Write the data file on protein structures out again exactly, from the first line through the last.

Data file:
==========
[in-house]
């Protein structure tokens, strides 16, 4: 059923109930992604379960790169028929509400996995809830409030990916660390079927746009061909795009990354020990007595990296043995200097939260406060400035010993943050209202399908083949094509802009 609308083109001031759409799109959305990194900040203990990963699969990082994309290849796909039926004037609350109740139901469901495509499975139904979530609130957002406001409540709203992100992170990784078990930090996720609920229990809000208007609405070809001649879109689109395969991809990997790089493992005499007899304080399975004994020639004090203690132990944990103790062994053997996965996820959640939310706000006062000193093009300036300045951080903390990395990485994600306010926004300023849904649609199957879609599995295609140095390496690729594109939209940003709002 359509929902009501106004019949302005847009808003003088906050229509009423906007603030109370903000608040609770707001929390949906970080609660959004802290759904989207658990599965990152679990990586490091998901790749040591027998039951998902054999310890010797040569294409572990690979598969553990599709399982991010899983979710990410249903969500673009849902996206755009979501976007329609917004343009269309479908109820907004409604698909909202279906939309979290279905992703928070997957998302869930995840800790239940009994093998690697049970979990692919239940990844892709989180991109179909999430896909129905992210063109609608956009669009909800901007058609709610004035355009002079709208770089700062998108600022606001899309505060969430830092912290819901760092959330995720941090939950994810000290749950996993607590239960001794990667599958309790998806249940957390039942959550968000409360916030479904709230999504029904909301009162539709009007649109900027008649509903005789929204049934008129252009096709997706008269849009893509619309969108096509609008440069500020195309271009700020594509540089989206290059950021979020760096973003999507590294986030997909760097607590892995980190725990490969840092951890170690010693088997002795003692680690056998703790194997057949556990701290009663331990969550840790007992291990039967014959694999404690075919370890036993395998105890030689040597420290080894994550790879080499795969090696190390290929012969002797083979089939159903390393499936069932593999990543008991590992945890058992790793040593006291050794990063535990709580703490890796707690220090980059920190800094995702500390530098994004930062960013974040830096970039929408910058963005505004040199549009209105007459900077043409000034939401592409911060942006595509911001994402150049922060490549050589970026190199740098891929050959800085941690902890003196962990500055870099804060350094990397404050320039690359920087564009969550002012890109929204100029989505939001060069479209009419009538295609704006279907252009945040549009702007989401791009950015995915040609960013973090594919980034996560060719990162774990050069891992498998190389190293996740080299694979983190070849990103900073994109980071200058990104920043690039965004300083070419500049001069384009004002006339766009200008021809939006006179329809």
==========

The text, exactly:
[in-house]
């Protein structure tokens, strides 16, 4: 059923109930992604379960790169028929509400996995809830409030990916660390079927746009061909795009990354020990007595990296043995200097939260406060400035010993943050209202399908083949094509802009 609308083109001031759409799109959305990194900040203990990963699969990082994309290849796909039926004037609350109740139901469901495509499975139904979530609130957002406001409540709203992100992170990784078990930090996720609920229990809000208007609405070809001649879109689109395969991809990997790089493992005499007899304080399975004994020639004090203690132990944990103790062994053997996965996820959640939310706000006062000193093009300036300045951080903390990395990485994600306010926004300023849904649609199957879609599995295609140095390496690729594109939209940003709002 359509929902009501106004019949302005847009808003003088906050229509009423906007603030109370903000608040609770707001929390949906970080609660959004802290759904989207658990599965990152679990990586490091998901790749040591027998039951998902054999310890010797040569294409572990690979598969553990599709399982991010899983979710990410249903969500673009849902996206755009979501976007329609917004343009269309479908109820907004409604698909909202279906939309979290279905992703928070997957998302869930995840800790239940009994093998690697049970979990692919239940990844892709989180991109179909999430896909129905992210063109609608956009669009909800901007058609709610004035355009002079709208770089700062998108600022606001899309505060969430830092912290819901760092959330995720941090939950994810000290749950996993607590239960001794990667599958309790998806249940957390039942959550968000409360916030479904709230999504029904909301009162539709009007649109900027008649509903005789929204049934008129252009096709997706008269849009893509619309969108096509609008440069500020195309271009700020594509540089989206290059950021979020760096973003999507590294986030997909760097607590892995980190725990490969840092951890170690010693088997002795003692680690056998703790194997057949556990701290009663331990969550840790007992291990039967014959694999404690075919370890036993395998105890030689040597420290080894994550790879080499795969090696190390290929012969002797083979089939159903390393499936069932593999990543008991590992945890058992790793040593006291050794990063535990709580703490890796707690220090980059920190800094995702500390530098994004930062960013974040830096970039929408910058963005505004040199549009209105007459900077043409000034939401592409911060942006595509911001994402150049922060490549050589970026190199740098891929050959800085941690902890003196962990500055870099804060350094990397404050320039690359920087564009969550002012890109929204100029989505939001060069479209009419009538295609704006279907252009945040549009702007989401791009950015995915040609960013973090594919980034996560060719990162774990050069891992498998190389190293996740080299694979983190070849990103900073994109980071200058990104920043690039965004300083070419500049001069384009004002006339766009200008021809939006006179329809």